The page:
The Pulitzer Center announces two new fellows who will report on issues related to peace and conflict: Julia Canney and Sarah Hoenicke. They are the winners of a competition for Campus Consortium students and alums, held in conjunction with the Pulitzer Center's 2018 conference, "Beyond War: Causes of Conflict, Prospects for Peace."
Current and recent alums from our 35 Campus Consortium partners were invited to pitch a reporting project relating to the larger themes of the upcoming June conference–causes of conflict, an underreported nonviolent response to conflict, or peace efforts. The response was overwhelming and the competition stiff–55 applications were submitted on a diverse range of important topics from around the world touching on refugees, child soldiers, mental health, rehabilitation, and healing arts.
Julia Canney, a 2016 graduate of the College of William and Mary, earned an MSC in Human Rights at University College Dublin and is now a program assistant for the Gender, Women and Democracy Program at the National Democratic Institute in Washington, DC. She is reporting on the overlooked role of women in peacemaking efforts during The Troubles in Northern Ireland.
"Women were keeping the peace in their homes and among families for decades, and it's important to uncover these stories and share the different experiences of women who lived, worked, and prevailed during the tumultuous years of The Troubles," Canney says.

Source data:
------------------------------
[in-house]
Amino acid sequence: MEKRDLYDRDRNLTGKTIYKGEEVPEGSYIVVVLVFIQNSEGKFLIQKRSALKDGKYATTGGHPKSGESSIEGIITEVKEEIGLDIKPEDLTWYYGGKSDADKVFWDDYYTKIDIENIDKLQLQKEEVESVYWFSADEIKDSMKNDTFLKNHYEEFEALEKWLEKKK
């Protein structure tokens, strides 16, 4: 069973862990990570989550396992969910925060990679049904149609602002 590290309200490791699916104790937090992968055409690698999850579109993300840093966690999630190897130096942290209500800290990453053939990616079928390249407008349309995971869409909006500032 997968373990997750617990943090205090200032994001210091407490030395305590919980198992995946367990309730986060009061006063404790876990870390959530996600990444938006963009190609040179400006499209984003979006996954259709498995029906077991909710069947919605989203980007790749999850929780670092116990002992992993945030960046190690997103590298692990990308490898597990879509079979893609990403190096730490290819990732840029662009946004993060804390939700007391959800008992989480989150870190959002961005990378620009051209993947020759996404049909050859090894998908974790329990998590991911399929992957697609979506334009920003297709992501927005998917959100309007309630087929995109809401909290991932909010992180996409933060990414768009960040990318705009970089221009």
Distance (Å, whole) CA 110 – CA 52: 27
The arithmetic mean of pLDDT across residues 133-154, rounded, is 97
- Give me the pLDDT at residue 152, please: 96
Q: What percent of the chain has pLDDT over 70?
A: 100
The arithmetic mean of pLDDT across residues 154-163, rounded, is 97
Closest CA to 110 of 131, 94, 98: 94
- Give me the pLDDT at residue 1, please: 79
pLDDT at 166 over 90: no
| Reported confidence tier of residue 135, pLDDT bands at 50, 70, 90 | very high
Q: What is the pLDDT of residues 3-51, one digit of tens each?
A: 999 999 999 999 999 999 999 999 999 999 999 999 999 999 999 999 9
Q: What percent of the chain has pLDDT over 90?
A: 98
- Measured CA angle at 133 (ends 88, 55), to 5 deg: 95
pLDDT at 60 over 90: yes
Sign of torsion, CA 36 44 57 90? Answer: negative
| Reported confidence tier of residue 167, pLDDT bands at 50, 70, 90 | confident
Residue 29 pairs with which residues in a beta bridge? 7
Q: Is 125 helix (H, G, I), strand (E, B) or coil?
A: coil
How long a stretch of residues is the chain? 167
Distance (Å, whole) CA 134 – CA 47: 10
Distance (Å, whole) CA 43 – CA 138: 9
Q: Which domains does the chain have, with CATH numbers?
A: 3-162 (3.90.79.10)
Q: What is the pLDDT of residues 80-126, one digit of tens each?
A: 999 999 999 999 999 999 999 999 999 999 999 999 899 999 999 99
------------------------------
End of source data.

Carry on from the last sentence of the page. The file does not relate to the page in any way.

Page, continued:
"It's my hope that my reporting raises the profile of the remarkable acts of these women, and that it also allows more light to be shed on women peacemakers in other conflict-ridden societies. The tide is changing, but too often women are reduced to victims in a conflict, rather than viewed as whole people with their own sentiments and autonomy," Canney says. "It's my goal that my reporting would help contribute to a culture of journalism that would do just that: report on the experiences of women, from the mouths and hearts of women themselves."
Sarah Hoenicke, a UC Berkeley graduate journalism student and a Mills College graduate, travels to Sri Lanka to report on the contemporary literary movement in Sri Lanka that tries to make sense of the country's violent history. She will interview trauma experts and youth participating in the “Write to Reconcile” program, as well as authors in the Sri Lankan diaspora.
"This work will highlight Sri Lankans’ efforts to reconcile their differences and heal trauma through narrative. I don’t believe, from my initial reporting and research or from my own lived experience, that reconciliation is a magic, one-and-done thing. It’s a process, and one that needs to be engaged in repeatedly, widely, and in many contexts. I hope this reporting can add further nuance to the conversation," Hoenicke says.
Hoenicke's project focuses on Sri Lanka's divisive civil war and its earlier colonial history.
"Many of the conflicts around the world and inequities here at home—in policing, incarceration, healthcare, housing, and in so many other sectors—have to do with national identity, with ethnicity, with the ability or lack thereof to speak the “right” language. This work will highlight Sri Lankans’ efforts to reconcile their differences and heal trauma through narrative."
In addition to support for their reporting projects, the Beyond War Student Fellows are invited to attend the "Beyond War: Causes of Conflict, Prospects for Peace" conference in Washington, D.C. on June 2-3, 2018.
They will also participate in the Pulitzer Center Washington Weekend on October 26-27, 2018. This annual event for student fellows exposes them and their professors to the work of other fellows, provides an opportunity to network with professional journalists and editors, and further broadens horizons.
Congratulations to Julia Canney and Sarah Hoenicke.